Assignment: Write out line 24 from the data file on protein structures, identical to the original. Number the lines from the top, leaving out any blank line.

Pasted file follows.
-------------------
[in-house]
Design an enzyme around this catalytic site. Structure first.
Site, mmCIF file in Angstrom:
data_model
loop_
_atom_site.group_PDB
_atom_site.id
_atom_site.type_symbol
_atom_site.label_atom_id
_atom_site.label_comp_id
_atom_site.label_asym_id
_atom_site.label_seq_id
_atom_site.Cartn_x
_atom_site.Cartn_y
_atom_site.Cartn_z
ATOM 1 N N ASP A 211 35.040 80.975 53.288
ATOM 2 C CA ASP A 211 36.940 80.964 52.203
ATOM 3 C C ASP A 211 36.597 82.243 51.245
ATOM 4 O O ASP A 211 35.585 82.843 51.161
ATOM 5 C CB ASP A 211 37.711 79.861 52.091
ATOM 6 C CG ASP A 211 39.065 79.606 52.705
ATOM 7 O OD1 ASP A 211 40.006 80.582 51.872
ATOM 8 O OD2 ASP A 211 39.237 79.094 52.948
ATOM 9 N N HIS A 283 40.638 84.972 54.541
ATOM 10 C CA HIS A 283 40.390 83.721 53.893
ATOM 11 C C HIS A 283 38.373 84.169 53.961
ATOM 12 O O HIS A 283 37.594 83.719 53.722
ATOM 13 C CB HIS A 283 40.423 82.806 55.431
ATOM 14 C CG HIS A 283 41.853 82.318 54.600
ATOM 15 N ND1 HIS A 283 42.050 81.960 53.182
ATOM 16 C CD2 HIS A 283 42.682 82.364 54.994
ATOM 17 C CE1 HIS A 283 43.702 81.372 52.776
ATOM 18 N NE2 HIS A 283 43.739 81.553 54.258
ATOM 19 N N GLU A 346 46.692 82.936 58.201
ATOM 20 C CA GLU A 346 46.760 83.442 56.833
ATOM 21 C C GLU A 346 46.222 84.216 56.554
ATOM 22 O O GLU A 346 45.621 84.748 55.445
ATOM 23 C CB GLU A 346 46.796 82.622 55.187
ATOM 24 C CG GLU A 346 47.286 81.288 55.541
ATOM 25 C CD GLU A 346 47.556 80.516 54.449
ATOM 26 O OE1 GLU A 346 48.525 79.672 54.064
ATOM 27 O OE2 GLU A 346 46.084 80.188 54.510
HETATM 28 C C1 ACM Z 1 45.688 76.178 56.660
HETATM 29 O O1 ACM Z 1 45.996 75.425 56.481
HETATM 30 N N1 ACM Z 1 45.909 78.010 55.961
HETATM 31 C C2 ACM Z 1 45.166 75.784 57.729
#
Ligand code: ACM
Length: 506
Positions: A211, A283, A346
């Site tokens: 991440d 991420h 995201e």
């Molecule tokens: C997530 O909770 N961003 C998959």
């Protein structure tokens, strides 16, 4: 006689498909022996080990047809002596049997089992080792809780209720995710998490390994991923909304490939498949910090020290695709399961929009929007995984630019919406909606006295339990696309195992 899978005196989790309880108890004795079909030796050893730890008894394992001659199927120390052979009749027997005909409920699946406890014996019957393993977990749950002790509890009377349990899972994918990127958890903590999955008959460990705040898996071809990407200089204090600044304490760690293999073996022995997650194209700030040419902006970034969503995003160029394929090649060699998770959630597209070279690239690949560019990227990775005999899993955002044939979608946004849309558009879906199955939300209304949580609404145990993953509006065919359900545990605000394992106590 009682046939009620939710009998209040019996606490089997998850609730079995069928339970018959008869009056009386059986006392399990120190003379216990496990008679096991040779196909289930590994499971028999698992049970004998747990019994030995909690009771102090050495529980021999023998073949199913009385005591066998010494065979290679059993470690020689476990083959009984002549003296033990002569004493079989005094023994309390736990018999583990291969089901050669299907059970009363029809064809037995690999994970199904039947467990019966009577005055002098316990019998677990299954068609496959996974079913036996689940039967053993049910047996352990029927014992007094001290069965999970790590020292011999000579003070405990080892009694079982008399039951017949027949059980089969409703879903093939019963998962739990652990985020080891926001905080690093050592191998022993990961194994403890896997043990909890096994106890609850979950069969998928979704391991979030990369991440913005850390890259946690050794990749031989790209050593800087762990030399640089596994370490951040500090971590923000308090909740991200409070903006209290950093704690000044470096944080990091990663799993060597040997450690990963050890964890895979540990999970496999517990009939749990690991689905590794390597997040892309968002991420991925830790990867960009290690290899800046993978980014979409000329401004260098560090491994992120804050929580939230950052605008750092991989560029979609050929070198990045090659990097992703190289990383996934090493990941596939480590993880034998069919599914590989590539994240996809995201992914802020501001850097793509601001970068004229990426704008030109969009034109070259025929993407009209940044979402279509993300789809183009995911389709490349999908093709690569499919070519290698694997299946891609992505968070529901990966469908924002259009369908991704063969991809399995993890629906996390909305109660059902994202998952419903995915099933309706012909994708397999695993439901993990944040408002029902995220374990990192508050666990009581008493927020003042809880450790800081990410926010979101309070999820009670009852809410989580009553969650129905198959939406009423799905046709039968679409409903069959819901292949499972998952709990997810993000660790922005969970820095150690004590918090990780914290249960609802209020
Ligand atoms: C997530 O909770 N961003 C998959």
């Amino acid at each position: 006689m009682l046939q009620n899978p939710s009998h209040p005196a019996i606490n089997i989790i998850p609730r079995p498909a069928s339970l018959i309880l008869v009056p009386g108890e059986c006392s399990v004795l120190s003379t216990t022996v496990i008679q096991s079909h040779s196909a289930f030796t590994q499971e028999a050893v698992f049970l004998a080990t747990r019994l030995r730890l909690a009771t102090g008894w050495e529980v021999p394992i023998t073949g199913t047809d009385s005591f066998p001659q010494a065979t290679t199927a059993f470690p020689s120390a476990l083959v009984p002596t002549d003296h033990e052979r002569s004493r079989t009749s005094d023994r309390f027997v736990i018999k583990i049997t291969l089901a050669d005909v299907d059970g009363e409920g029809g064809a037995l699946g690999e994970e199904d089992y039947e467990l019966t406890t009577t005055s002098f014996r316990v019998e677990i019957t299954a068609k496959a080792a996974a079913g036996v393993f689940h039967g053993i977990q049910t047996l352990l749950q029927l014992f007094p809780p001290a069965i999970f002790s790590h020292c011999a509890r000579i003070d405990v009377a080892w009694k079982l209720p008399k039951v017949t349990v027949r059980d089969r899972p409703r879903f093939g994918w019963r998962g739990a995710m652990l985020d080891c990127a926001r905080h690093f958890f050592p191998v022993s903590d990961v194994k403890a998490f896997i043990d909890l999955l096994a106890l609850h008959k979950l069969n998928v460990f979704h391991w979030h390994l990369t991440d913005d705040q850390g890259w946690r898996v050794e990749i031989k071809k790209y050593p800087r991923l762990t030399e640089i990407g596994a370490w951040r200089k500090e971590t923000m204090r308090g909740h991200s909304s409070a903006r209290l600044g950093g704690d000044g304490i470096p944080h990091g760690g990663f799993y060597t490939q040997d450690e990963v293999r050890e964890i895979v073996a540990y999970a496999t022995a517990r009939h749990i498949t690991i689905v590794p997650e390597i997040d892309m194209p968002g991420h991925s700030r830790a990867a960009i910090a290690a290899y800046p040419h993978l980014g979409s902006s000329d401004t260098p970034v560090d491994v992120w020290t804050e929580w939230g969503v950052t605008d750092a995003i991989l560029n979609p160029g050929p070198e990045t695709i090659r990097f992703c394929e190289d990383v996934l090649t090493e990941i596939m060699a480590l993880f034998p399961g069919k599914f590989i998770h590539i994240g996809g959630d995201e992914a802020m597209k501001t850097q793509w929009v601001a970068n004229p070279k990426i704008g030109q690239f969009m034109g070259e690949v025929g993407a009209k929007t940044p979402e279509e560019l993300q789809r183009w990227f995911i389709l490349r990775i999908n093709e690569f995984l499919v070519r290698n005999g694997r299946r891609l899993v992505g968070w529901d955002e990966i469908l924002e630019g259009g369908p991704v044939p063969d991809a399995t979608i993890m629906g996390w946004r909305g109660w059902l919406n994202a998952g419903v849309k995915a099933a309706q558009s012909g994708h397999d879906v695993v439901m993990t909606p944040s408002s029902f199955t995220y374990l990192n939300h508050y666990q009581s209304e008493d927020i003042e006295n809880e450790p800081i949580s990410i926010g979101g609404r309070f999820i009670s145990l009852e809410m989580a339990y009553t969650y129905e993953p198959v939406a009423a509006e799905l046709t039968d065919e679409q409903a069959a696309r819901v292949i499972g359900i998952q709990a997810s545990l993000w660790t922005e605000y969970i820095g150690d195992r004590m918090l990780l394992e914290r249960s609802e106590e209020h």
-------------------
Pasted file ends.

ATOM 9 N N HIS A 283 40.638 84.972 54.541